20. 20. Scientific Method: Hypothesis <ul><li>Formulate a hypothesis. </li></ul><ul><ul><li>Educated guess derived from theory </li></ul></ul><ul><ul><li>Prediction that can be tested </li></ul></ul><ul><ul><li>If supported, can lend credibility to theory </li></ul></ul>
  21. 21. Scientific Method: Research <ul><li>Establish an operational definition. </li></ul><ul><ul><li>Objective description of variable </li></ul></ul><ul><ul><li>How will variable be measured? </li></ul></ul><ul><li>Collect and analyze data . </li></ul><ul><ul><li>Number crunching </li></ul></ul><ul><ul><li>What do data mean? </li></ul></ul>
  22. 22. Scientific Method: Conclusions <ul><li>Draw conclusions. </li></ul><ul><ul><li>Is theory supported? </li></ul></ul><ul><ul><li>Should theory be changed? </li></ul></ul><ul><li>Evaluate conclusions. </li></ul><ul><ul><li>Publication and review </li></ul></ul><ul><ul><li>Ongoing research process </li></ul></ul>
  23. 23. Types of Psychological Research <ul><li>Descriptive research </li></ul><ul><ul><li>Finding out about some variable </li></ul></ul><ul><li>Correlational research </li></ul><ul><ul><li>Discovering relationships between variables </li></ul></ul><ul><li>Experimental research </li></ul><ul><ul><li>Establishing causal relationships </li></ul></ul>
  24. 24. Descriptive Research <ul><li>Describing some phenomenon without answering questions of how and why </li></ul><ul><li>Observation </li></ul><ul><li>Surveys and Interviews </li></ul><ul><li>Case Studies </li></ul>
  25. 25. Correlational Research <ul><li>Examining whether and how variables are related and change together </li></ul><ul><li>Correlation Coefficient: -1.00 ≤ r ≤ 1.00 </li></ul><ul><ul><li>Strength: Number </li></ul></ul><ul><ul><li>Direction: Sign </li></ul></ul>
  26. 26. Correlations: Scatterplots
  27. 27. Correlation and Causation <ul><li>Correlation ≠ Causation </li></ul><ul><li>Third Variable Problem </li></ul><ul><ul><li>Some other variable accounts for relationship between two variables </li></ul></ul><ul><ul><li>Third variables also called confounds </li></ul></ul>
  28. 28. Longitudinal Designs <ul><li>Obtaining measures of variables of interest in multiple waves over time </li></ul><ul><li>Can suggest potential causal relationships </li></ul><ul><li>Causal variable would come first in time </li></ul><ul><li>But causal relationships still not clear </li></ul>
  29. 29. Experimental Research <ul><li>Determining whether causal relationship exists between variables </li></ul><ul><li>Experiment </li></ul><ul><ul><li>Manipulation of some variable(s) while holding others constant </li></ul></ul><ul><li>Random Assignment </li></ul><ul><ul><li>Formation of groups using chance </li></ul></ul>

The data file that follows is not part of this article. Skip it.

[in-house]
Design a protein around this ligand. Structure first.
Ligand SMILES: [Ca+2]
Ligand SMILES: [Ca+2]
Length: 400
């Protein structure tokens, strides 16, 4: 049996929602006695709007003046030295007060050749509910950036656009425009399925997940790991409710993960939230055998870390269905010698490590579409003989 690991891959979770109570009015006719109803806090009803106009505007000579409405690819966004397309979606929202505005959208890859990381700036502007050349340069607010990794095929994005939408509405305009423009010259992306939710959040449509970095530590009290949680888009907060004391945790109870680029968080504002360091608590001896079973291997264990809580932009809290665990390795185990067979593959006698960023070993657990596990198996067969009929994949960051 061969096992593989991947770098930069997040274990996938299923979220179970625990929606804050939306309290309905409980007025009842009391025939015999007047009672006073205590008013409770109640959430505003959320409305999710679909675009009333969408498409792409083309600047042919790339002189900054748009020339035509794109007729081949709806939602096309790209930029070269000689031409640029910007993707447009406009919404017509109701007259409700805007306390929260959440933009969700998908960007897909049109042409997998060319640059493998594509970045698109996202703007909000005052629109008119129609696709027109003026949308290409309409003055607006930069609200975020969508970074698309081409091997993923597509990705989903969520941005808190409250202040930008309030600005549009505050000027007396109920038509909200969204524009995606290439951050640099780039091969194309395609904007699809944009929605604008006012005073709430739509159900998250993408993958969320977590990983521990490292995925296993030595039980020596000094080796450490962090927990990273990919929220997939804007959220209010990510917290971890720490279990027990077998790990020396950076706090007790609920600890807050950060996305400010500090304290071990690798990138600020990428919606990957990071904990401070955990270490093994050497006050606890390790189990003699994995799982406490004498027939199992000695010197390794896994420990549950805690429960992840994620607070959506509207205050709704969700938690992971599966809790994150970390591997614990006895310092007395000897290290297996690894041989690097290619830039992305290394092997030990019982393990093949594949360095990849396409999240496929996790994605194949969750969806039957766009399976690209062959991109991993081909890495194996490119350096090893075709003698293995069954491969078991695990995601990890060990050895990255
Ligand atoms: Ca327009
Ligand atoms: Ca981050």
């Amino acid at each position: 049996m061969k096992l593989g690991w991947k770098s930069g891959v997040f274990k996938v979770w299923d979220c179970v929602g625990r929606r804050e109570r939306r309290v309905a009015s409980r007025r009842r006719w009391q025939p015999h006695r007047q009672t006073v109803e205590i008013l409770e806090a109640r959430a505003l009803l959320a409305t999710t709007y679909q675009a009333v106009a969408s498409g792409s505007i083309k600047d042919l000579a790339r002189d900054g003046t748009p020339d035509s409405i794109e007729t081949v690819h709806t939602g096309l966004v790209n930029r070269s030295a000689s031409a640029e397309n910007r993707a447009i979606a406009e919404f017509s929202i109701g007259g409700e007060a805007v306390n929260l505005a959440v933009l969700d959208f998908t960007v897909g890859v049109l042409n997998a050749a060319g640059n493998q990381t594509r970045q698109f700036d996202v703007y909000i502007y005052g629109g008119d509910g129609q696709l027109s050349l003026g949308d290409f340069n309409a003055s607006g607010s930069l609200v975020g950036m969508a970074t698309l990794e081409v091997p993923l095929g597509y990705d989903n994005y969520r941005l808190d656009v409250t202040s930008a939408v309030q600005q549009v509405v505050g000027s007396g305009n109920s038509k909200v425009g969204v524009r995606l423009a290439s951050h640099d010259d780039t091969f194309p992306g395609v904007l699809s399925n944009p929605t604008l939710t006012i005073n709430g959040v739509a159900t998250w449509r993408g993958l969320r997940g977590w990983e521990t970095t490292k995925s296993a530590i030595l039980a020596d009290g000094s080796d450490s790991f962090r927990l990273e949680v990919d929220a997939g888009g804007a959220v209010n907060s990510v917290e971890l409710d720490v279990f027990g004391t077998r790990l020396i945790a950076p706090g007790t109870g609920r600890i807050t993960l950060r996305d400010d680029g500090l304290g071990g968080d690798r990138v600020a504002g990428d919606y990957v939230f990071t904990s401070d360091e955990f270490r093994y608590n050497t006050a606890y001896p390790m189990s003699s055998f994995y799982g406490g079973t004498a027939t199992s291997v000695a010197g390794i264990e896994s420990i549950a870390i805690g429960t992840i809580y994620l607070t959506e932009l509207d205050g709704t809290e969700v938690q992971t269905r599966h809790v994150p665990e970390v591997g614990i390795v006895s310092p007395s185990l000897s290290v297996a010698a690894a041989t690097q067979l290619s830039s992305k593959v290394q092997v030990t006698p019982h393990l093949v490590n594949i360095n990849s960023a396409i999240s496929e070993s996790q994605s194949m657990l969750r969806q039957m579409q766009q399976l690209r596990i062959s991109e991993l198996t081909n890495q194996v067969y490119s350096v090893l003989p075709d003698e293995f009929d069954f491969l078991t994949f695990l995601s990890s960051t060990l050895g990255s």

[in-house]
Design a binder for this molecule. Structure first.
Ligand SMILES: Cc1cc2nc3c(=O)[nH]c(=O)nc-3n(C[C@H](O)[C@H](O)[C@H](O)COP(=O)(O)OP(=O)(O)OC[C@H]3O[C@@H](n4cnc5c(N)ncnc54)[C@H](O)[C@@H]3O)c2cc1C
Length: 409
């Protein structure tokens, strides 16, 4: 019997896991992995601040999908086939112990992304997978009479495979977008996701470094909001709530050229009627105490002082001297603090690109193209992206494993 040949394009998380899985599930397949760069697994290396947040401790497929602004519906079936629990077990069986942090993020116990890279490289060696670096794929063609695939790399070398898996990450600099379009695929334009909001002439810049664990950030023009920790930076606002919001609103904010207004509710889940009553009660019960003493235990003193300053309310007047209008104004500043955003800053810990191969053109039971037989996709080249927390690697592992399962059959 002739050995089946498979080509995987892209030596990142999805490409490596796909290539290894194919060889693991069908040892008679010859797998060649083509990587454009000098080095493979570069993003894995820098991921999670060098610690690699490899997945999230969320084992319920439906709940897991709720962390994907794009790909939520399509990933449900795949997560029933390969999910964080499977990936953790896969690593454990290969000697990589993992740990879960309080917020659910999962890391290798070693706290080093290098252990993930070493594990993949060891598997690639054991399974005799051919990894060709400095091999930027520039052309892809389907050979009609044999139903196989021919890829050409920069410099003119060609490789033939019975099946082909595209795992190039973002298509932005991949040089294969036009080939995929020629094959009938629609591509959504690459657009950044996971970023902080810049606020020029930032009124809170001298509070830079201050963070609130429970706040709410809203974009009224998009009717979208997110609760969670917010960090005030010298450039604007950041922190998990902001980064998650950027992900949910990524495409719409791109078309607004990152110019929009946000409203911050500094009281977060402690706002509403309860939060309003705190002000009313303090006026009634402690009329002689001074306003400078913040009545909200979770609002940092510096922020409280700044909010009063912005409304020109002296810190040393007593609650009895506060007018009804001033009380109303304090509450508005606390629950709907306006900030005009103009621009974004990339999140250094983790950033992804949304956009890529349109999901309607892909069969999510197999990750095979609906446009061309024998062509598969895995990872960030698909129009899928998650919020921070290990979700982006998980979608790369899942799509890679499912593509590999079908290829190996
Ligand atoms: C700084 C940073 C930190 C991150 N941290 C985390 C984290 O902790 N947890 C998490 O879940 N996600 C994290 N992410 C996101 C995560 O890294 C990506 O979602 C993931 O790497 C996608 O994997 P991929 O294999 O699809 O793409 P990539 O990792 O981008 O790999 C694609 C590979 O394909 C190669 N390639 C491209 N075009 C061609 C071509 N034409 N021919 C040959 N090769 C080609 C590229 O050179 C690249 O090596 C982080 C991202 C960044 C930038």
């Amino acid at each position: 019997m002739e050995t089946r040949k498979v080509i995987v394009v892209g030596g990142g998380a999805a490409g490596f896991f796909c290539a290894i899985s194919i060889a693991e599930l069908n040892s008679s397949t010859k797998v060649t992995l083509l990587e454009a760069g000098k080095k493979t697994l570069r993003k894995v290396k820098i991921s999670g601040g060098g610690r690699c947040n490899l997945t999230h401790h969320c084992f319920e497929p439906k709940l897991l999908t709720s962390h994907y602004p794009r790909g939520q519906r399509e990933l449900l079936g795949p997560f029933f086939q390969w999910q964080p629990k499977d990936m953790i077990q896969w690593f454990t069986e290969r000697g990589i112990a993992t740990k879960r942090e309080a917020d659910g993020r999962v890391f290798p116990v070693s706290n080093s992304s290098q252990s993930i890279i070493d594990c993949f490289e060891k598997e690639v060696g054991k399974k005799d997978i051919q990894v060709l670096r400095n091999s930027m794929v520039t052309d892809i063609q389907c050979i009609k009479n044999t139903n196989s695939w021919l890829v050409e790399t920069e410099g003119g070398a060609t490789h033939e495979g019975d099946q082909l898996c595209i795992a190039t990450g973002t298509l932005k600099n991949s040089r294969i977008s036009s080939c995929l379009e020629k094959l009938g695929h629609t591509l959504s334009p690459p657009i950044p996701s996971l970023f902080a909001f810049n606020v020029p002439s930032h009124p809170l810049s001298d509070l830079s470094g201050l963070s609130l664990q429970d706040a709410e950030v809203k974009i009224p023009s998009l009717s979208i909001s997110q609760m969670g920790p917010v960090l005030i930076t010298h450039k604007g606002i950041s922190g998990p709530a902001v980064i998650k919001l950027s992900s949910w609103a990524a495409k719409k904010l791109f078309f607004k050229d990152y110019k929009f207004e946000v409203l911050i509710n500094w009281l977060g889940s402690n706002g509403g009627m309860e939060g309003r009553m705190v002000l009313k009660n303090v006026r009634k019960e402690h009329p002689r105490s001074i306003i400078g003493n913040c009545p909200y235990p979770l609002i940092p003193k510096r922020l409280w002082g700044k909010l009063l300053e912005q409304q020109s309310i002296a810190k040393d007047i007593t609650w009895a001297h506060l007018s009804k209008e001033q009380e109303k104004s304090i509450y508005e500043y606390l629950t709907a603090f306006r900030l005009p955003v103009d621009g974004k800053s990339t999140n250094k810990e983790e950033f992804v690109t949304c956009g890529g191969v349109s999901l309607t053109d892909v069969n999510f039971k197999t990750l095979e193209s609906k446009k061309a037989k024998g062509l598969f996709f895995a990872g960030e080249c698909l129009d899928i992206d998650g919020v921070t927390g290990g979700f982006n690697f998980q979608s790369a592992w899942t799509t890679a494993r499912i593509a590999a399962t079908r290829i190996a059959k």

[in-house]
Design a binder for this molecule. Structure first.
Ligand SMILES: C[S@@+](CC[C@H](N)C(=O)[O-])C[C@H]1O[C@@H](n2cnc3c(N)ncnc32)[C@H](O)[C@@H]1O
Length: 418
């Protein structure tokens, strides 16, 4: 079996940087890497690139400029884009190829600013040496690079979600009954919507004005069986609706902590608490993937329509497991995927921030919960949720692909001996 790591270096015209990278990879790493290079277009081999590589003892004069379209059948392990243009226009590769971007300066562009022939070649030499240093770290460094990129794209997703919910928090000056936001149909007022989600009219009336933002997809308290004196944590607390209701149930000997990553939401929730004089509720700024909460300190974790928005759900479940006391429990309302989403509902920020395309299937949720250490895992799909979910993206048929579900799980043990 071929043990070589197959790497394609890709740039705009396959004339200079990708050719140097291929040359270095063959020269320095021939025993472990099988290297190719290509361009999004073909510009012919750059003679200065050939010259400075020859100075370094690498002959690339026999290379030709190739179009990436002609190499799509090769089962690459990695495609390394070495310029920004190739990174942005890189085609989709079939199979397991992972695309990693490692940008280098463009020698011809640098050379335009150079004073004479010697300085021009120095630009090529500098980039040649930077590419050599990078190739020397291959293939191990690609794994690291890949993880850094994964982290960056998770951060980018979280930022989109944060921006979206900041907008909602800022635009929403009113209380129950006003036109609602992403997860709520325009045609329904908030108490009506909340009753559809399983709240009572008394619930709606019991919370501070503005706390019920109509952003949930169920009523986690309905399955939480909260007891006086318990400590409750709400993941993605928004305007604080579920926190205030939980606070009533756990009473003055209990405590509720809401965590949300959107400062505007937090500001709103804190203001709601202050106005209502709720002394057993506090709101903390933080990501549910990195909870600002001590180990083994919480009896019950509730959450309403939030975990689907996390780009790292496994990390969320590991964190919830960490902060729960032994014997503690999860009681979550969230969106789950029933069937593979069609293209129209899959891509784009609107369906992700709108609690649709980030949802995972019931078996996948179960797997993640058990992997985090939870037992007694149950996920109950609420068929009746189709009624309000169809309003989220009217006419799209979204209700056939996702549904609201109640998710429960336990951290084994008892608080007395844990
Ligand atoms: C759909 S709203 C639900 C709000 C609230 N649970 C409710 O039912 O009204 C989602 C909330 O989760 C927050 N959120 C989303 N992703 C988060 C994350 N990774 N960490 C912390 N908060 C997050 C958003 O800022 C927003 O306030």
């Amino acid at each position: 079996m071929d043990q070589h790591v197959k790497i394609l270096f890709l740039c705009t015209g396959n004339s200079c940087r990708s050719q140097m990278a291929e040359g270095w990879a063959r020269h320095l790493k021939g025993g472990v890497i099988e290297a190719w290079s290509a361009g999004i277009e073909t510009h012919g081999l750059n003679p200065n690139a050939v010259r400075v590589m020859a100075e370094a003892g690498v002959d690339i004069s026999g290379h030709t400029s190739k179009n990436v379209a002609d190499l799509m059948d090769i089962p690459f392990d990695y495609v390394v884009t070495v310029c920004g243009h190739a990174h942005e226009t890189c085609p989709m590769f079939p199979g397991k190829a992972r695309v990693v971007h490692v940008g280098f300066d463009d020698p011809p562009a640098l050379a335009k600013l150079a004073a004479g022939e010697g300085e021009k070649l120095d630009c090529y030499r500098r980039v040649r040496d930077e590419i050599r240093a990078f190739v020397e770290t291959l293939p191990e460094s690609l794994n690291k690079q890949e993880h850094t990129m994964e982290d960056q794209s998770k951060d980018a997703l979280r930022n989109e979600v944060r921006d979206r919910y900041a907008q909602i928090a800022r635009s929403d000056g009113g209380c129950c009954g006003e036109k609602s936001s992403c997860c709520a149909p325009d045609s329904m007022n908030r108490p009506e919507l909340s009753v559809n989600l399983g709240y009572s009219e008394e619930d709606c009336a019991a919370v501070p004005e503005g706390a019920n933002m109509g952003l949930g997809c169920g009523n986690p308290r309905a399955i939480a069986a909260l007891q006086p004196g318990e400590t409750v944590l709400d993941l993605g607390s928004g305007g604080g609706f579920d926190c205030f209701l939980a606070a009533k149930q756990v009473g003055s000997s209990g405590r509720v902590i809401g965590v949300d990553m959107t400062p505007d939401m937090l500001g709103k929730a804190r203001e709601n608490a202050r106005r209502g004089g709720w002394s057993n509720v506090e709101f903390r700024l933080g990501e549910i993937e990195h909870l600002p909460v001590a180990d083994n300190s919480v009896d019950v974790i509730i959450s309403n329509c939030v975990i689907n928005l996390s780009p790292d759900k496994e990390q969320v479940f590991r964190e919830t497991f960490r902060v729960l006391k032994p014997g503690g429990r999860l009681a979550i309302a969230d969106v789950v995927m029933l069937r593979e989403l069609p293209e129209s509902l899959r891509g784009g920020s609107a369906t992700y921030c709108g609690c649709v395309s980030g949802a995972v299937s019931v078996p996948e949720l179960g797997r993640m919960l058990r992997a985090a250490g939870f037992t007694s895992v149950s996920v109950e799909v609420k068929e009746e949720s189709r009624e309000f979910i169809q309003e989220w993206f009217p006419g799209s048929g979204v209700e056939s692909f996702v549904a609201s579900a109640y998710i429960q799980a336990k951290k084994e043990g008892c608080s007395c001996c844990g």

30. 30. Experiments and Causation <ul><li>Random assignment helps establish causation. </li></ul><ul><li>Independent variables  Manipulated </li></ul><ul><li>Dependent variables  Measured </li></ul><ul><li>Experimental groups </li></ul><ul><ul><li>Experience manipulation </li></ul></ul><ul><li>Control groups </li></ul><ul><ul><li>Serve as baseline for comparison </li></ul></ul>
  31. 31. Experimental Research: Validity <ul><li>External Validity </li></ul><ul><ul><li>Do experimental results apply, or generalize , to real world? </li></ul></ul><ul><li>Internal Validity </li></ul><ul><ul><li>Are changes in dependent variable due to independent variables? </li></ul></ul>
  32. 32. Experimental Research: Bias <ul><li>Experimenter Bias </li></ul><ul><ul><li>Demand characteristics </li></ul></ul><ul><li>Research Participant Bias </li></ul><ul><ul><li>Placebo effect </li></ul></ul><ul><ul><li>Double-blind experiment </li></ul></ul>
  33. 33. Research Samples <ul><li>Population </li></ul><ul><li>Sample </li></ul><ul><li>Random samples likely to be representative of population, to allow generalizing of research results </li></ul>
  34. 34. Research Settings <ul><li>Laboratory Research </li></ul><ul><ul><li>Control, but with some drawbacks </li></ul></ul><ul><li>Naturalistic Observation </li></ul><ul><ul><li>Real-world setting </li></ul></ul>
  35. 35. Ethical Research <ul><li>History: World War II </li></ul><ul><li>Research participants have certain rights. </li></ul><ul><ul><li>Human participants </li></ul></ul><ul><ul><li>Animal research </li></ul></ul><ul><li>Institutional Review Board (IRB) </li></ul>
  36. 36. APA Ethics Guidelines <ul><li>Informed Consent </li></ul><ul><li>Confidentiality </li></ul><ul><li>Debriefing </li></ul><ul><li>Deception </li></ul>
  37. 37. Psychology and You <ul><li>Avoid generalizing based on little information. </li></ul><ul><li>Distinguish between group results and individual needs. </li></ul><ul><li>Look for answers beyond a single study. </li></ul><ul><li>Avoid attributing causes where none have been found. </li></ul><ul><li>Consider source of psychological information. </li></ul>